5. Sure, don't know how it will stack up with the great models I see there though.
  6. The 35+ year journey ended tonight. The Pitts is done. I've posted a completed photo series in "Ready for Inspection" along with brief history of N66Y and my own quest to build this kit.
  7. I have waited for this moment for some time. No longer posting in "In the Works" on this one. IT IS DONE. The 35 year journey has come to an end. This kit was purchased in 1984 or 85. It was tinkered with off and on for years starting back then. This kit is a world traveler having resided in New York, Oklahoma, Germany, back to Oklahoma, Texas and completed in Tennessee. It is far from perfect, but it is finished...well, other than putting back on one flying wire on the tail...I didn't notice had fallen off until I was looking at pictures preparing this post. N66Y is a Pitts S-1C built by my dad in the early sixities and one of the earliest of plans built Pitts Specials. It was bought by well known acro legend Bob Herendeen in 1965. He won the US National Aerobatic Championship flying it in 1966, the first US Team member to compete in a Pitts. He also flew it in the world competition in Moscow that same year. It definitely put the Pitts Special on the map and soon all the pilots were flying Pitts for many years after. The kit is of a four aileron S-1D. I've back dated to the S-1C which only had ailerons on the lower wing, but with longer span. Both had a flat bottom airfoil. Soon, the Pitts S-1S with symetrical airfoil eclipsed the S-1Cs and Bob sold N66Y and moved into his new Pitts S-1S N266Y. Unfortunately, I was too young to fly when dad built his Pitts (3 total) and sold the last one. I have been lucky enough to fly three different S-1S Pitts...and they are an absolute delight and fly inverted as well us right side up. Today, N66Y is owned by the Experimental Airplane Association, but is on loan to the Aircraft Spruce and Supply Company and on display at their Peach Tree City airport location where it hangs in the lobby. The real N66Y then and now... This picture was made shortly before completion and first flight. Notice the missing windshield. As it hangs in ACS Lobby today. My dad sitting in cosmetically restored N66Y at OSHKOSH 2000 when it was displayed in memory of Bob Herendeen.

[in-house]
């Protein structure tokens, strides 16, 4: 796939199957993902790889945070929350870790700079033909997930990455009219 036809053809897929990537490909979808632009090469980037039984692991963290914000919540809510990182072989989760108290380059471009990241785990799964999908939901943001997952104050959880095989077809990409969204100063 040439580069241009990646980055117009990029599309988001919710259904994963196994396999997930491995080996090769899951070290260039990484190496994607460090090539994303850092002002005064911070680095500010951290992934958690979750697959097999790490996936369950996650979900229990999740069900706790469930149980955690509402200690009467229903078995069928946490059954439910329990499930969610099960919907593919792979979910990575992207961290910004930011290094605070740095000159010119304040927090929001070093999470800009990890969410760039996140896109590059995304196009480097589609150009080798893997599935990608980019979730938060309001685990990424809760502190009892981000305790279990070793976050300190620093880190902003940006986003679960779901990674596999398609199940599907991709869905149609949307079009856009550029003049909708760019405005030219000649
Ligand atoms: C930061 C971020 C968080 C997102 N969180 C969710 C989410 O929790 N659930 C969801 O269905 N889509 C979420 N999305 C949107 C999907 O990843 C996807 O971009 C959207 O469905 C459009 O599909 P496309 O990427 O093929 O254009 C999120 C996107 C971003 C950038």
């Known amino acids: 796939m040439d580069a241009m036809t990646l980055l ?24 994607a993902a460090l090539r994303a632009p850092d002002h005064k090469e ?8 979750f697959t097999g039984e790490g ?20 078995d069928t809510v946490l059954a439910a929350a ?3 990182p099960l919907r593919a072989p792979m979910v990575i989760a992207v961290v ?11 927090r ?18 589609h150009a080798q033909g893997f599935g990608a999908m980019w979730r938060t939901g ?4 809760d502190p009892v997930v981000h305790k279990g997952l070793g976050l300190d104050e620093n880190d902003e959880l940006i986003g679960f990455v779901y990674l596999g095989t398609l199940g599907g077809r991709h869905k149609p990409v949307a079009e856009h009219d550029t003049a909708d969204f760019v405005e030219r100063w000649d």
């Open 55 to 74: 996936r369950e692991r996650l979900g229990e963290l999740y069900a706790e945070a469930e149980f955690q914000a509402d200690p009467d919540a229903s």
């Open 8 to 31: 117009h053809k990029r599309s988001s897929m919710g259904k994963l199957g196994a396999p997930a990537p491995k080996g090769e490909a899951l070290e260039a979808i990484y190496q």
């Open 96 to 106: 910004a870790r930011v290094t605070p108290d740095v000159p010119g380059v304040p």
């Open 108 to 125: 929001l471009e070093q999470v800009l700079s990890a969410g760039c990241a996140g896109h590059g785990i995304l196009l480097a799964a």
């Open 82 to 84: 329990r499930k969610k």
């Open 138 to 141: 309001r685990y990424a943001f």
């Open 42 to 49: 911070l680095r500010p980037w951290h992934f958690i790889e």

8. Rigged everything but bottom two tail wires after shooting with Pledge Floor Shine (AKA Future). Top tail wires were added before pictures snapped.
  9. Wings, windshield and landing gear, including tailwheel installed. Had a booboo while attaching top wing, which sent it back to paint shop. Thin super glue got away from me...and attached a rubber band to the wing. I am now waiting for white to dry prior to restoring the now missing red stripe. Once paint repair is done, all that remains is rigging flying wires and removing crossbar on landing gear. It could have been worse...
  10. Painting is finished. Finally. Glued horizontal tail feathers on tonight. Also pulled a new canopy from mold I made several years ago due to badly yellowed kit canopy. Cut our windshield, fitted and painted lower edge where fairing attaches to fuselage. Discarded canopy as N66Y never had one, just a windshield per original plans. Set top wing in place, held by rubber bands at the moment. Have attach windshield which was drying prior to epoxying top wing in place. Still need to paint tailwheel assembly and exhaust stacks (both white metal as are prop and I-struts). Last item will be epoxying wheels/pants to gear legs and removing the crossbar between axles, but will likely wait until after adding flying wires to wings and tail. Note both real plane and kit are missing windshield in first photo...neither were quite complete at that stage. I’m getting close to ending this 35 year project...